The tradition of damning things Spanish was known as "the Black Legend". The focal point of the "Black Legend" was France, once threatened by powerful Spain. French liberals were the most vocal. For an example of the misrepresentation, see "Les Raisons du Momotombo" of Victor Hugo. The most methodical exposition of the French anti-Spanish version of history is to be found in the Histoire de la France of Jules Michelet (1798-1874). I analyzed the 17 volumes and found that the word "Espagne" was used repeatedly as a general term of abuse The analysis is one of my Four Studies in Franco-Spanish Relations (University of Toronto Press.1943). The French tradition of despising Spain and Latin America was continued by Anatole France. (See my "Anatole Francia y la América Latina", Revista Iberoamericana, May, 1941). Maurice Barrès spoke of "the blood, voluptuousness and death" of Spanish life (see my "Maurice Barrès and Spain", Romanic Review, October, 1939).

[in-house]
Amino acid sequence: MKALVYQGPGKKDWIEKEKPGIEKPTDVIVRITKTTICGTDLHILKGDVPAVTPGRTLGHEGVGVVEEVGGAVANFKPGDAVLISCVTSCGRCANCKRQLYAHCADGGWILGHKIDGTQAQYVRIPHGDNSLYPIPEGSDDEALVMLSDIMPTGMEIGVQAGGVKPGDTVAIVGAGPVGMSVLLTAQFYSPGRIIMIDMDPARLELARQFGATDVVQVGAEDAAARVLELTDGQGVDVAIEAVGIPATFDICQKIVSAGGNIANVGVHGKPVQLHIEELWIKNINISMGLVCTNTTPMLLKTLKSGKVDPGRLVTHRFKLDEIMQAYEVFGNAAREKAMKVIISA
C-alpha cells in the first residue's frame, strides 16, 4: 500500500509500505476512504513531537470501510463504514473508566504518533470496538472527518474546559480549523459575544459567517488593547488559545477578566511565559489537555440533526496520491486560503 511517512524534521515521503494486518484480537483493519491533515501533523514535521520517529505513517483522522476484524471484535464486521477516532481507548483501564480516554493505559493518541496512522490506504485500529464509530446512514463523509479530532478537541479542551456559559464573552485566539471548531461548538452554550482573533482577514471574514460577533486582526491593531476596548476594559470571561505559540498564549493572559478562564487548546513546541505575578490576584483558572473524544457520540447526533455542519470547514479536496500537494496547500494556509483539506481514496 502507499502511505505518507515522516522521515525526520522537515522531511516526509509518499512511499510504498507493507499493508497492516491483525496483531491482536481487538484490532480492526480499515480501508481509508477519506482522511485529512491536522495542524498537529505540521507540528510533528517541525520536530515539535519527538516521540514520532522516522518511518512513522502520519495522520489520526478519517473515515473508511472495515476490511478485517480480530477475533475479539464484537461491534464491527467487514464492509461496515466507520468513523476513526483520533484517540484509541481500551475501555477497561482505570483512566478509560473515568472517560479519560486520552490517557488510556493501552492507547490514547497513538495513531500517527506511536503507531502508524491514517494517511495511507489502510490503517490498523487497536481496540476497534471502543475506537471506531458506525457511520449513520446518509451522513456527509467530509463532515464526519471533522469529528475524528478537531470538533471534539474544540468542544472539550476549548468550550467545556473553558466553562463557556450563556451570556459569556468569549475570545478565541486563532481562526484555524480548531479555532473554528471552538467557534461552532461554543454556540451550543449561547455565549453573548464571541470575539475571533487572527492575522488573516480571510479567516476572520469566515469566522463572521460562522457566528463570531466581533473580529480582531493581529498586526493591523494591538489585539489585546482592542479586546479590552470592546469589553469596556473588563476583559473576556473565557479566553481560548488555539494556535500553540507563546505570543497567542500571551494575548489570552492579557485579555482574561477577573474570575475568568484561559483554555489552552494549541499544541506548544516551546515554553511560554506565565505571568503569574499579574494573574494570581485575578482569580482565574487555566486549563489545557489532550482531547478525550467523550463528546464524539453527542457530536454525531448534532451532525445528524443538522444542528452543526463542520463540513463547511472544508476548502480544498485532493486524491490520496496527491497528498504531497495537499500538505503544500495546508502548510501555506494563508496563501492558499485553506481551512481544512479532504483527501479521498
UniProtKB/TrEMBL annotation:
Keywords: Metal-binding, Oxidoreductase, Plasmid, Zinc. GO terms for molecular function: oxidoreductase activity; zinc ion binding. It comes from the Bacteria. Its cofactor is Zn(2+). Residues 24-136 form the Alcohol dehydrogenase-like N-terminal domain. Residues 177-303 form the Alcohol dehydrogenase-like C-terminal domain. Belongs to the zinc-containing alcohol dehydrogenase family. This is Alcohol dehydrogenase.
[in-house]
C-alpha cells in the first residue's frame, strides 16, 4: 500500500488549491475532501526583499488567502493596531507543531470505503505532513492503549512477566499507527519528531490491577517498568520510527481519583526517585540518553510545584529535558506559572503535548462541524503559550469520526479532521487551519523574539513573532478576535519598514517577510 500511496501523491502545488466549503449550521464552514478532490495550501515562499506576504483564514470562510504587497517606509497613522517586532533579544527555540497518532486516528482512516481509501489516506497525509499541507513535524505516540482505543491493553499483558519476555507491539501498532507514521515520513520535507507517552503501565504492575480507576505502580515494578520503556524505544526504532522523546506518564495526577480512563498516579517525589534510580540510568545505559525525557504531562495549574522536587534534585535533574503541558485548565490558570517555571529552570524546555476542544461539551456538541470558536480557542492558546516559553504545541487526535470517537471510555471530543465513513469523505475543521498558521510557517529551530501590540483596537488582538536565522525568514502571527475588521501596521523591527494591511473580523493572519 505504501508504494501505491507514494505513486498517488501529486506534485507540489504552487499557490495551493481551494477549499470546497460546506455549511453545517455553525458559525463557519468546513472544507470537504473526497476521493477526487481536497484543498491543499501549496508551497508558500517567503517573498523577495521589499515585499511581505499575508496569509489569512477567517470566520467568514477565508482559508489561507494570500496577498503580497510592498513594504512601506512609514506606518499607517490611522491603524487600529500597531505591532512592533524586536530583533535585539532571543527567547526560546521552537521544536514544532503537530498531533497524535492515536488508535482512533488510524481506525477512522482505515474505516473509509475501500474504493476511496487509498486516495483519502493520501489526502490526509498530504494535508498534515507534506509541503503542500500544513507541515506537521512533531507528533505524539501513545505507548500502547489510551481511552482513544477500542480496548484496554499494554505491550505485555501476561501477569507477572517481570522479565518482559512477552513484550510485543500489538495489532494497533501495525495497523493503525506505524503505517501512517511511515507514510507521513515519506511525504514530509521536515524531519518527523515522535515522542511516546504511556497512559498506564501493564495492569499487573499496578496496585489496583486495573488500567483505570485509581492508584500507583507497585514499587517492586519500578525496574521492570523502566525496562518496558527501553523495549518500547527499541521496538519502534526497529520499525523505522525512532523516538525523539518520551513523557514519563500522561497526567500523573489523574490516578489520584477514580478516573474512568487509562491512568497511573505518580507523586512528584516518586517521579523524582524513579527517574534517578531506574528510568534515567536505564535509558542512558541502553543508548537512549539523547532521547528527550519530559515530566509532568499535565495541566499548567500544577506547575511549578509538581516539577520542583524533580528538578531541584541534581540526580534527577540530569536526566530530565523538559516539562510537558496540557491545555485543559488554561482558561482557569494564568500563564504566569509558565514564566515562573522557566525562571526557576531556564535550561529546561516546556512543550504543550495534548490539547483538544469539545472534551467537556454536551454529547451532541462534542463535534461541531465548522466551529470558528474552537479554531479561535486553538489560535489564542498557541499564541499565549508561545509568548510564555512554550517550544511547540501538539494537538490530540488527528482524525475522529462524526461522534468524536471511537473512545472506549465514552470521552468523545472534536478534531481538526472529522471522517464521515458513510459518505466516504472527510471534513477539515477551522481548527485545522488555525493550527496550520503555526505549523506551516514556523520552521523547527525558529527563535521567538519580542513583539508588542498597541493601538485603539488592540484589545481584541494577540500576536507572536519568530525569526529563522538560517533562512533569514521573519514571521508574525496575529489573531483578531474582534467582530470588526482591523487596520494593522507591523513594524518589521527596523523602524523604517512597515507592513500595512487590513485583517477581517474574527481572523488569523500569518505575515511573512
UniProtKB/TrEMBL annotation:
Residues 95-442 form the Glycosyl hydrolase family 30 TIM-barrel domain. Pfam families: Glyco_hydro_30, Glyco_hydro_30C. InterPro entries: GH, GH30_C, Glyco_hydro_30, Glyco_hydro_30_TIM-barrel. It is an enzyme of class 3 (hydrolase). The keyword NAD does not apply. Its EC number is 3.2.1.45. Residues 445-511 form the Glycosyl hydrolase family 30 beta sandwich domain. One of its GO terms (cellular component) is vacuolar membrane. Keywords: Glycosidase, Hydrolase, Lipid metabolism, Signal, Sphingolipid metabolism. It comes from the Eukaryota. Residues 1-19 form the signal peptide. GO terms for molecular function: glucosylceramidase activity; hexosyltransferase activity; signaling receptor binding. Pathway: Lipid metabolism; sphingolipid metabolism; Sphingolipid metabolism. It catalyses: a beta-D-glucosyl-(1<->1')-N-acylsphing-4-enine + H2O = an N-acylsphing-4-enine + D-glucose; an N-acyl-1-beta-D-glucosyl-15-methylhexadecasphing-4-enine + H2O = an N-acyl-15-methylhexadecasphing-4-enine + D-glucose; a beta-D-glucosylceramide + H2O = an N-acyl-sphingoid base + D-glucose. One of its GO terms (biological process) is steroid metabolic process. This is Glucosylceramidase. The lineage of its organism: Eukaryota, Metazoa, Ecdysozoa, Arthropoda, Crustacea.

That takes us to La Légende Noire au 18ème Siècle. It is divided into two parts, the first dealing with France, the second with England, where the attitude toward Spain was much more mixed. The first part has three chapters. The first deals with L'Ábbé Raynal, whose notorious denunciations of Spanish colonization of the Americas was the source of much of the later odious comparisons between the colonization of the Americas by Spain and the other countries, such as Britain. The 18th century was the century of encyclopedias. The model originated in England, but the French Grande Encyclopédie had wider international acceptance, since French was the language of culture. The second chapter is an analysis of what it says about Spain. Forgotten today is the Encyclopédie Méthodique, which is called "methodical" because it is arranged not alphabetically buy by topic. The article on Spain by Masson de Morvilliers caused a crisis between France and Spain. He ended his long account of Spain by asking "What does the world owe to Spain?" The answer clearly is nothing, and the response in Spain was heated. That is the subject of chapter three.